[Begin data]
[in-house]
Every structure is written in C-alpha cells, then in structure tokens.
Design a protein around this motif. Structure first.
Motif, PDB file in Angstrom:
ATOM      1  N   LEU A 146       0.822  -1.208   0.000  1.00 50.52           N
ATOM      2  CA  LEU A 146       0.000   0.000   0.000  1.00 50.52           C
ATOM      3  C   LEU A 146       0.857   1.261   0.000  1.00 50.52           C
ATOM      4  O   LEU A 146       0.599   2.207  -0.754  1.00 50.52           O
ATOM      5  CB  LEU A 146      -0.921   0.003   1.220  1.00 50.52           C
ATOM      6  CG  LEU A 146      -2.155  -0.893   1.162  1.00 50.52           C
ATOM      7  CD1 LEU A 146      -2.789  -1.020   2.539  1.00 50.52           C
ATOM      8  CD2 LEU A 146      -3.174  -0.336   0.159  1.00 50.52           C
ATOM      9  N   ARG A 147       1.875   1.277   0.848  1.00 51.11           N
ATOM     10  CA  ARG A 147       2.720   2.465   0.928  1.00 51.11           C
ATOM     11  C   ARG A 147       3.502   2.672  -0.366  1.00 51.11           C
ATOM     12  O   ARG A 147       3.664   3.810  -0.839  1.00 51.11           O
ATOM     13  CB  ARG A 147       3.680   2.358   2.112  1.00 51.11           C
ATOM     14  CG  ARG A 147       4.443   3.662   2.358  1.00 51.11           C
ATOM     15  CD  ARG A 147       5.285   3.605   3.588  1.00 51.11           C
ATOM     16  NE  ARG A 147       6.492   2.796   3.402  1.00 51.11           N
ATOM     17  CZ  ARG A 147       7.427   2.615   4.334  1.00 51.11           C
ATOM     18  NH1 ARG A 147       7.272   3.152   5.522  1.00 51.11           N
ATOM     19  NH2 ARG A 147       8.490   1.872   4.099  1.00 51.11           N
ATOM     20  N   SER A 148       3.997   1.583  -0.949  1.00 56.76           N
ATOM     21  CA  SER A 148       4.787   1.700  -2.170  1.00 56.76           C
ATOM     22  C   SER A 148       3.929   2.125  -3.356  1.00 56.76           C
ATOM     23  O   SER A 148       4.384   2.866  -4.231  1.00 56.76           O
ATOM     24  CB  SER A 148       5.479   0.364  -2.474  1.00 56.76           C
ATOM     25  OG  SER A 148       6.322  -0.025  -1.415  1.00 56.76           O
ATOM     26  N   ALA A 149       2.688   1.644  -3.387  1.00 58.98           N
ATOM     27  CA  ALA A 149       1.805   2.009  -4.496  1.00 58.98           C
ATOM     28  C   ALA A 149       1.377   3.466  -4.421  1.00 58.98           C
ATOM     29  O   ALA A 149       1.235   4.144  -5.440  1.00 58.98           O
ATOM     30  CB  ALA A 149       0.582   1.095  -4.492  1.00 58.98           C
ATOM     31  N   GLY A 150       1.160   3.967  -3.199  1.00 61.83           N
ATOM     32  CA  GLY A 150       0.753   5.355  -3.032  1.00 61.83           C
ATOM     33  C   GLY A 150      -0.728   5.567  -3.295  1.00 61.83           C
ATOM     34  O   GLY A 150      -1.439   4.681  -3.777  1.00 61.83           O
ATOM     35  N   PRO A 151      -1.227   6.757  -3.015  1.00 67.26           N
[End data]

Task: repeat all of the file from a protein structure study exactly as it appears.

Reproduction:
[in-house]
Every structure is written in C-alpha cells, then in structure tokens.
Design a protein around this motif. Structure first.
Motif, PDB file in Angstrom:
ATOM      1  N   LEU A 146       0.822  -1.208   0.000  1.00 50.52           N
ATOM      2  CA  LEU A 146       0.000   0.000   0.000  1.00 50.52           C
ATOM      3  C   LEU A 146       0.857   1.261   0.000  1.00 50.52           C
ATOM      4  O   LEU A 146       0.599   2.207  -0.754  1.00 50.52           O
ATOM      5  CB  LEU A 146      -0.921   0.003   1.220  1.00 50.52           C
ATOM      6  CG  LEU A 146      -2.155  -0.893   1.162  1.00 50.52           C
ATOM      7  CD1 LEU A 146      -2.789  -1.020   2.539  1.00 50.52           C
ATOM      8  CD2 LEU A 146      -3.174  -0.336   0.159  1.00 50.52           C
ATOM      9  N   ARG A 147       1.875   1.277   0.848  1.00 51.11           N
ATOM     10  CA  ARG A 147       2.720   2.465   0.928  1.00 51.11           C
ATOM     11  C   ARG A 147       3.502   2.672  -0.366  1.00 51.11           C
ATOM     12  O   ARG A 147       3.664   3.810  -0.839  1.00 51.11           O
ATOM     13  CB  ARG A 147       3.680   2.358   2.112  1.00 51.11           C
ATOM     14  CG  ARG A 147       4.443   3.662   2.358  1.00 51.11           C
ATOM     15  CD  ARG A 147       5.285   3.605   3.588  1.00 51.11           C
ATOM     16  NE  ARG A 147       6.492   2.796   3.402  1.00 51.11           N
ATOM     17  CZ  ARG A 147       7.427   2.615   4.334  1.00 51.11           C
ATOM     18  NH1 ARG A 147       7.272   3.152   5.522  1.00 51.11           N
ATOM     19  NH2 ARG A 147       8.490   1.872   4.099  1.00 51.11           N
ATOM     20  N   SER A 148       3.997   1.583  -0.949  1.00 56.76           N
ATOM     21  CA  SER A 148       4.787   1.700  -2.170  1.00 56.76           C
ATOM     22  C   SER A 148       3.929   2.125  -3.356  1.00 56.76           C
ATOM     23  O   SER A 148       4.384   2.866  -4.231  1.00 56.76           O
ATOM     24  CB  SER A 148       5.479   0.364  -2.474  1.00 56.76           C
ATOM     25  OG  SER A 148       6.322  -0.025  -1.415  1.00 56.76           O
ATOM     26  N   ALA A 149       2.688   1.644  -3.387  1.00 58.98           N
ATOM     27  CA  ALA A 149       1.805   2.009  -4.496  1.00 58.98           C
ATOM     28  C   ALA A 149       1.377   3.466  -4.421  1.00 58.98           C
ATOM     29  O   ALA A 149       1.235   4.144  -5.440  1.00 58.98           O
ATOM     30  CB  ALA A 149       0.582   1.095  -4.492  1.00 58.98           C
ATOM     31  N   GLY A 150       1.160   3.967  -3.199  1.00 61.83           N
ATOM     32  CA  GLY A 150       0.753   5.355  -3.032  1.00 61.83           C
ATOM     33  C   GLY A 150      -0.728   5.567  -3.295  1.00 61.83           C
ATOM     34  O   GLY A 150      -1.439   4.681  -3.777  1.00 61.83           O
ATOM     35  N   PRO A 151      -1.227   6.757  -3.015  1.00 67.26           N